## Assignment 2 Part I

### 2(I).Image compositing

#### 2(I).1 Description

This assignment explores image compositing and in-painting using gradient domain processing.

Find two images, make a binary mask using any tool you like, and write matlab code to copy the pixels where the mask is 1 from one image into the other.

Here is two images:

 source target

We use `imshow(source)` and `imfreehand()` to make the binary mask.

The code that inputs the data and allows user to select mask is data_input.m.

#### 2(I).3 Simple Clone

This part is simply to copy the pixels where the mask is 1 from one image into the other.

The result is:

The code for cloning is easy_clone.m.

#### 2(I).4 Alpha Blending

In this part, we use alpha blending to integrate the two images. Various window sizes are considered.

The result is:

 alpha blending with window size of 5 alpha blending with window size of 25
 alpha blending with window size of 55 alpha blending with window size of 105

The code for alpha blending is alpha.m.

#### 2(I).5 Toy Problem

This toy problem is an implementation for gradient domain processing. We use the graients and the value of one point in the original image to recover the image.

The core part of the code is:

``````
for color=1:nb
s = im(:,:,color);
e = 0;
for y=1:imh
for x=1:imw-1
e = e+1;
A(e, im2var(y,x+1))=1;
A(e, im2var(y,x))=-1;
b(e) = s(y,x+1)-s(y,x);
end
end

for y=1:imh-1
for x=1:imw
e = e+1;
A(e, im2var(y+1,x))=1;
A(e, im2var(y,x))=-1;
b(e) = s(y+1,x)-s(y,x);
end
end

e=e+1;
A(e, im2var(1,1))=1;
b(e)=s(1,1);
b = double(b(:));

v = A\b;

for y=1:imh
for x=1:imw
output(y,x,color) = v(im2var(y,x));
end
end
end
``````

The result is:

 original image for toy problem the result for toy problem

The code for the toy problem is toy.m.

Finally, we use the gradient domain blending to insert a part of an image to the other one.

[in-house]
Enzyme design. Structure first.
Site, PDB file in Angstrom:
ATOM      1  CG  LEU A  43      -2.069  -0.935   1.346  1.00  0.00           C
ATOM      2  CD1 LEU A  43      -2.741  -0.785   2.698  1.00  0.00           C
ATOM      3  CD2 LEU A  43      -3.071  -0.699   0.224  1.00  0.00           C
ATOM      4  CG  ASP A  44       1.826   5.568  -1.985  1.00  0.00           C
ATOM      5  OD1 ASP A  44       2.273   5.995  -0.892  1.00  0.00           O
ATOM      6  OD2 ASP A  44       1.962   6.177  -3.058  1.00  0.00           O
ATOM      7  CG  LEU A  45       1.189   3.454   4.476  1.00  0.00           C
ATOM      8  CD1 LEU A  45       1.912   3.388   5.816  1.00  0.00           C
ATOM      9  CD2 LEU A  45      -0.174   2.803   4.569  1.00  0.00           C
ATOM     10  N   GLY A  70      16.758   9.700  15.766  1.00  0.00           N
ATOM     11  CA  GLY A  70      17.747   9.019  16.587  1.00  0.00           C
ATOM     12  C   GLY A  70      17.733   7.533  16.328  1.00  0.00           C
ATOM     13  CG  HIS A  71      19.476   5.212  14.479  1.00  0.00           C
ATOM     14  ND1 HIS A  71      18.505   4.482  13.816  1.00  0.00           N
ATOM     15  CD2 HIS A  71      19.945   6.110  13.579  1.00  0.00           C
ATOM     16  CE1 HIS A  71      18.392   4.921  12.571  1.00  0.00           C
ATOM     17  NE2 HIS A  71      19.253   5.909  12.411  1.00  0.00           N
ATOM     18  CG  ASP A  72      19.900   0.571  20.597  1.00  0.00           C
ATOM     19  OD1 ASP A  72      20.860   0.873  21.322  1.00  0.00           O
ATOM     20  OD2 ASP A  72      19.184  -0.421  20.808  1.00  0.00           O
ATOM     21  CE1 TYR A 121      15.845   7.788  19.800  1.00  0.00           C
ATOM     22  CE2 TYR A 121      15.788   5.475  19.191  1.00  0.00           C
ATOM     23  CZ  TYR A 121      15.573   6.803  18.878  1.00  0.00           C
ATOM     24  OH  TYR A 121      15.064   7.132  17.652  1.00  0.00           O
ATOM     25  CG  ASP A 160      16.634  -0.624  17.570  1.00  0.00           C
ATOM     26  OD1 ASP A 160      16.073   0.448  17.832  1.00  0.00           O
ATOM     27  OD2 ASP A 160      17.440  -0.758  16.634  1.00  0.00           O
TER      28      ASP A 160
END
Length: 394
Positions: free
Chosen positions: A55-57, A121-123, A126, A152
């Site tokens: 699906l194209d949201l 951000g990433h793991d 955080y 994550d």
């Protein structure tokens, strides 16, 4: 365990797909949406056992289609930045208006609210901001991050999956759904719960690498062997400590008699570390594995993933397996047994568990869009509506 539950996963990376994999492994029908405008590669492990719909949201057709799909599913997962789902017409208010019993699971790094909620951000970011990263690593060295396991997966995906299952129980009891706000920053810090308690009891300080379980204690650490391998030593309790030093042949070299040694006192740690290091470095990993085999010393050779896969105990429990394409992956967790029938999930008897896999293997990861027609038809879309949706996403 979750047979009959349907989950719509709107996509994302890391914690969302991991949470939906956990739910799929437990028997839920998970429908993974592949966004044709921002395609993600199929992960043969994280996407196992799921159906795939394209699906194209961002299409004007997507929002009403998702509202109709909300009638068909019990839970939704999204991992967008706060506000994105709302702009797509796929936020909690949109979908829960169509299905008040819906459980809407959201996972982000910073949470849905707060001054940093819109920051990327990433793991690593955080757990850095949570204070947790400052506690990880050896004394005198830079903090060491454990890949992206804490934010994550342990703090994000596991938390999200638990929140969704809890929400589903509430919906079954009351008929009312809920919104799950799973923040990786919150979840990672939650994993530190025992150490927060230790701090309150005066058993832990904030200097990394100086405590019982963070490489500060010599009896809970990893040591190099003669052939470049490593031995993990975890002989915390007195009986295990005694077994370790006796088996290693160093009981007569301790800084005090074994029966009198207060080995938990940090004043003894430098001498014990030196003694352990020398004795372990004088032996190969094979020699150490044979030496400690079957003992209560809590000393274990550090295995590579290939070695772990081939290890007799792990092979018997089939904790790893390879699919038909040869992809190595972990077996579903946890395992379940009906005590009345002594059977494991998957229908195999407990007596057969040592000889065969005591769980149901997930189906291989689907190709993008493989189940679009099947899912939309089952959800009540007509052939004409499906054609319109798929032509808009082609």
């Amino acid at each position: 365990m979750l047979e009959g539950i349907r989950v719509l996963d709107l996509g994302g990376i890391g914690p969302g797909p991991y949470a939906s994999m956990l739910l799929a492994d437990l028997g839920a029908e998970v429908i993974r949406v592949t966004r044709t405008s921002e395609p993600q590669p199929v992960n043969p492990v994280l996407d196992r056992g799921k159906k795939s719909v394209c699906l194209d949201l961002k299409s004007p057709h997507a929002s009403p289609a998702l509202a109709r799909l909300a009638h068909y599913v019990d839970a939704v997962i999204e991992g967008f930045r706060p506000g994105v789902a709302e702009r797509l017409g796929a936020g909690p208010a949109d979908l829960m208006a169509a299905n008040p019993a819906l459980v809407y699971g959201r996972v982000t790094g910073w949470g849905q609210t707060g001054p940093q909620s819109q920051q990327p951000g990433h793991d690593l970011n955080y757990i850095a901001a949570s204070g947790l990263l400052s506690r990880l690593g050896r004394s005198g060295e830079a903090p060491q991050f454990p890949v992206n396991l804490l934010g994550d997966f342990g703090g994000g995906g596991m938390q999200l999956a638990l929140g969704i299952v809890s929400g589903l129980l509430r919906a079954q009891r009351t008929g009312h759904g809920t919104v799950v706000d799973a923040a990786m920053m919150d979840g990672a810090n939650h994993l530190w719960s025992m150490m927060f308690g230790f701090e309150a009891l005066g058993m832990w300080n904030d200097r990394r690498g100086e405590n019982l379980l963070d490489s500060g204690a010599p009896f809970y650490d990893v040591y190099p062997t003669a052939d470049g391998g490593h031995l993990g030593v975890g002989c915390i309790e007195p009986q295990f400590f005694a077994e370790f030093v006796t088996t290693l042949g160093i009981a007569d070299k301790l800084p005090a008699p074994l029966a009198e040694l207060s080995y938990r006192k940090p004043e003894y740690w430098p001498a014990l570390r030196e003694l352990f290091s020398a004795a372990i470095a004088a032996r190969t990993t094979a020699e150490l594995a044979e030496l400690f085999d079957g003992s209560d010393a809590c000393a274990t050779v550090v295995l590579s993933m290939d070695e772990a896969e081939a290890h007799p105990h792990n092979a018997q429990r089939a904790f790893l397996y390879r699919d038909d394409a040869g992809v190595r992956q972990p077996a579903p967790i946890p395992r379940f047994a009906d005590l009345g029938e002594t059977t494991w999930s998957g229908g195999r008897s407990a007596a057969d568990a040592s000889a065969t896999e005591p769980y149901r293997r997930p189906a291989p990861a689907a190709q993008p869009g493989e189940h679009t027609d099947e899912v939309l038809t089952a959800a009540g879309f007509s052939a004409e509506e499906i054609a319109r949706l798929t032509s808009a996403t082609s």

According to James Hays's slides, we use the the Laplacian to do this.

The core part of the code is:

``````
for y=1:imh
for x=1:imw
e = e+1;
sparse_count = sparse_count+1;
i(sparse_count) = e;
j(sparse_count) = im2var(y,x);
va(sparse_count) = 4;
sparse_count = sparse_count+1;
i(sparse_count) = e;
j(sparse_count) = im2var(y-1,x);
va(sparse_count) = -1;
sparse_count = sparse_count+1;
i(sparse_count) = e;
j(sparse_count) = im2var(y+1,x);
va(sparse_count) = -1;
sparse_count = sparse_count+1;
i(sparse_count) = e;
j(sparse_count) = im2var(y,x-1);
va(sparse_count) = -1;
sparse_count = sparse_count+1;
i(sparse_count) = e;
j(sparse_count) = im2var(y,x+1);
va(sparse_count) = -1;
b(e) = 4*s(y,x)-s(y-1,x)-s(y+1,x)-s(y,x-1)-s(y,x+1);
else
e = e+1;
sparse_count = sparse_count+1;
i(sparse_count) = e;
j(sparse_count) = im2var(y,x);
va(sparse_count) = 1;
b(e) = T(y,x);
end
end
end
``````

The code for the toy problem is gra_proc.m.

#### 2(I).7 Some Discussion

In this assignment, we tried several different ways to integrate a part of an image into another one.

Simple cloning is the easiest way to do that; however, the result would be sort of rough.

Alpha blending is a way to deal with the inserting boundaries, and the window size would determine the quality of the result. With a smaller window size, the rough boundaries are still rough; on the other hand, with a greater window size, the inserted image could be shadowed.

Gradient domain blending produced the most smooth result; however, the color of the inserted part were noticeably changed.

The code are provided in each section via a link to the corresponding part of the code.